In January I will teach a course in Genealogy Basics through Green
I am excited about this class for several reasons. First, GVR
classes are no longer offered exclusively to members, but also to
the public for a slightly increased tuition. Second, since wireless
computer access is available, I’ll be able to demonstrate use of
various genealogy websites rather than just tell about them.
In addition, if a student has a laptop, it may be brought to class
and the student can follow along on the website at the same time.
Showing and actually doing something is always more effective than
just listening to how it’s done.
It will be necessary for students to be computer literate, as there
won’t be time to demonstrate how to use a mouse, what a search
engine is, or how to navigate from one web page to another.
So if you’ve always wondered “who you are,” this class is for
The course is geared to beginners, as well as students who would
like to brush up their skills or learn more about the opportunities
for research on the Internet.
Beginners will learn how to start researching their family the
right way with the help of their computer, learning the pitfalls of
Internet research at the same time. When the course ends, even a
beginner will have some family history completed.
Classes begin on Jan. 10, 2012 at 9 a.m. and meet for two hours
each Tuesday through the end of January. The same classes will be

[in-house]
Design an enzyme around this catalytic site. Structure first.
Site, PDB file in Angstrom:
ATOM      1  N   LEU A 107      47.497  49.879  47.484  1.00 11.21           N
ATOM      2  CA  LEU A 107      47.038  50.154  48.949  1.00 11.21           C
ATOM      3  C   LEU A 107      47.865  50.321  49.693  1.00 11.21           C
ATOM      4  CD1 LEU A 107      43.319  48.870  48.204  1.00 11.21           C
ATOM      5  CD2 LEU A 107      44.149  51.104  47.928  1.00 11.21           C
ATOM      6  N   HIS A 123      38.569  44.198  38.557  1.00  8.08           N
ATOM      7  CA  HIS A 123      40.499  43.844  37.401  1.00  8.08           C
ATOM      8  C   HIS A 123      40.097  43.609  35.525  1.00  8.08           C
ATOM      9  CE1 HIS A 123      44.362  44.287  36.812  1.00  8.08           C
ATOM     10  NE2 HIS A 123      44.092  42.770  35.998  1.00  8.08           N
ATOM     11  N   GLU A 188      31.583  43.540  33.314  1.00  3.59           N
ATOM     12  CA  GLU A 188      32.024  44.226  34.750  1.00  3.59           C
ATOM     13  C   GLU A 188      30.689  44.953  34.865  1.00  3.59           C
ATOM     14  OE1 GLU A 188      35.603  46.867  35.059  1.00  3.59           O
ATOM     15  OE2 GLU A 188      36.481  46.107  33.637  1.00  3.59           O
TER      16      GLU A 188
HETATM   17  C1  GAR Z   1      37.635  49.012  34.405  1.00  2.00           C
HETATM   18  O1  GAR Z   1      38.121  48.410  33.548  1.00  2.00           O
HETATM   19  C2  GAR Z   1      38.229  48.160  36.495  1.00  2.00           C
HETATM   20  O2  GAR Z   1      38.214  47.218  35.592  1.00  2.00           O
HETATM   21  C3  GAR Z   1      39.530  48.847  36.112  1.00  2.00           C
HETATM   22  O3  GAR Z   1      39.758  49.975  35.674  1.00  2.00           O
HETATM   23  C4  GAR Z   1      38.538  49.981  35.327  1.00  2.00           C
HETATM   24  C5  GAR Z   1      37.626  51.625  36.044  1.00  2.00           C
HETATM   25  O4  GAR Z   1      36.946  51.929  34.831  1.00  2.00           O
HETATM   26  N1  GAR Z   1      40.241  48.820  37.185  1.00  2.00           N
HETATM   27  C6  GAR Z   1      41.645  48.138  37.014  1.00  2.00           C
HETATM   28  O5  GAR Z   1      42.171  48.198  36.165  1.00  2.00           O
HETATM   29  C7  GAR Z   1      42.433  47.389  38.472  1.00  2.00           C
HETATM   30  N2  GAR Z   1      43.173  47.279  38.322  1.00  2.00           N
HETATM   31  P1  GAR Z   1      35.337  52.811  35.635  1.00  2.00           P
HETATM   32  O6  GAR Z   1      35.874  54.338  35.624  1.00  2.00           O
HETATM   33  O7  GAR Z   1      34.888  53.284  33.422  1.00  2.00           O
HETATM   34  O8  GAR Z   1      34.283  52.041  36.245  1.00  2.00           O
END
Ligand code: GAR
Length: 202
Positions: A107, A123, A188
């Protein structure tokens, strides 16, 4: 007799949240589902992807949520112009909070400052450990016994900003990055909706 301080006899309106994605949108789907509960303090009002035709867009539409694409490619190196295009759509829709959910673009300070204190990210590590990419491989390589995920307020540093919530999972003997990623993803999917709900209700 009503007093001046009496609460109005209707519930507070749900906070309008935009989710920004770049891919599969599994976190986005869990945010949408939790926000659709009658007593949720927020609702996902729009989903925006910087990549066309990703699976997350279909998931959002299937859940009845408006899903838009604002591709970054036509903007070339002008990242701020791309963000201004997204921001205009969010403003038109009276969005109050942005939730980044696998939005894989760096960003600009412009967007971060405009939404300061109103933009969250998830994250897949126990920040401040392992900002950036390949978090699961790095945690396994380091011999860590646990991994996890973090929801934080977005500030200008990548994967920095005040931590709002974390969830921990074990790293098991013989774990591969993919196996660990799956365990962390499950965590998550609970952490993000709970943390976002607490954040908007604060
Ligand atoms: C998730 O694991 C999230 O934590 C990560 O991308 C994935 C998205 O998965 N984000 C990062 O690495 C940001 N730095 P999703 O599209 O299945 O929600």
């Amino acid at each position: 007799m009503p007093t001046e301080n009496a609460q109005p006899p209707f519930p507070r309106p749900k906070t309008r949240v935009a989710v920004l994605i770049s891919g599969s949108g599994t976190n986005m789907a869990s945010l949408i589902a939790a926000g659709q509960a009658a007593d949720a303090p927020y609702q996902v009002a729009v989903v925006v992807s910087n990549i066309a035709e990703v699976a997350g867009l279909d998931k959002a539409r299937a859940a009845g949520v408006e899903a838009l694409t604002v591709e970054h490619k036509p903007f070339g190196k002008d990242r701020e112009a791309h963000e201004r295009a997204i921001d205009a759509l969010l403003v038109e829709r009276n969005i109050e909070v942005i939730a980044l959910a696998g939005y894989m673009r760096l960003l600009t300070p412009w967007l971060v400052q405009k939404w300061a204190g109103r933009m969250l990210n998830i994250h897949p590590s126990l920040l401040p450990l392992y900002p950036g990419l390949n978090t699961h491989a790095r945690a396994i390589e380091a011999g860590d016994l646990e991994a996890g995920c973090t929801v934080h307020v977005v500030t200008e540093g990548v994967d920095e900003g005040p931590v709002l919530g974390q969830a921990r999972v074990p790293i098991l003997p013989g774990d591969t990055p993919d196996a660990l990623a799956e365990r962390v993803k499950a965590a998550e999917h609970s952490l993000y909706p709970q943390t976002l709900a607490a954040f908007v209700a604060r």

repeated again in March. Tuition is $65 for GVR members and $75 for
non-members with a maximum material fee of $8. All classes will be
held in GVR’s Las Campanas Center in the Ironwood Room.
The course is in the GVR 2011-2012 Winter Catalog online at
Class details are on page 44 and registration information is on
pages 7 and 8.
Registration opens on Dec. 12. Non-member registration opens Dec.
27, two weeks prior to the course start date.
Among the topics to be covered, in addition to how to get started,
are using electronic databases, various records used in research,
use of evidence and sources, organizing your research, getting the
most out of census records, selecting genealogy software, finding
and connecting with others researching your family, and evaluating
information found on the web.
Whether you are a visual, auditory or kinesthetic learner, a
genealogy class has something for everyone.
In a class, visual learning is provided by handouts and the Power
Point presentation. Auditory learning is provided by the teacher
presenting and explaining research concepts, and by answering
students’ questions. Finally, kinesthetic learning will come
through hands-on computer experience and assignments to do at home
and bring to the next class for discussion.
If you’ve always wanted to learn more about your family history or
just need a jump start to continue on your way, think about joining
this class. You won’t be sorry.
NBC has announced its show “Who Do You Think You Are” has been
renewed for a third season beginning Feb. 3, 2012. Celebrities
announced so far are Marisa Tomei, Martin Sheen and Blair
The show remains in the same 7 p.m. time slot and has averaged 6
million to 7 million viewers each Friday it aired in the past. It’s
generally interesting to see the celebrities react just as we
commoners do when they find a link to their ancestors.
Betty Lou Malesky, Certified GenealogistSM, is a past president
of Green Valley Genealogical Society. Contact her at
email@example.com or visit the society’s website at
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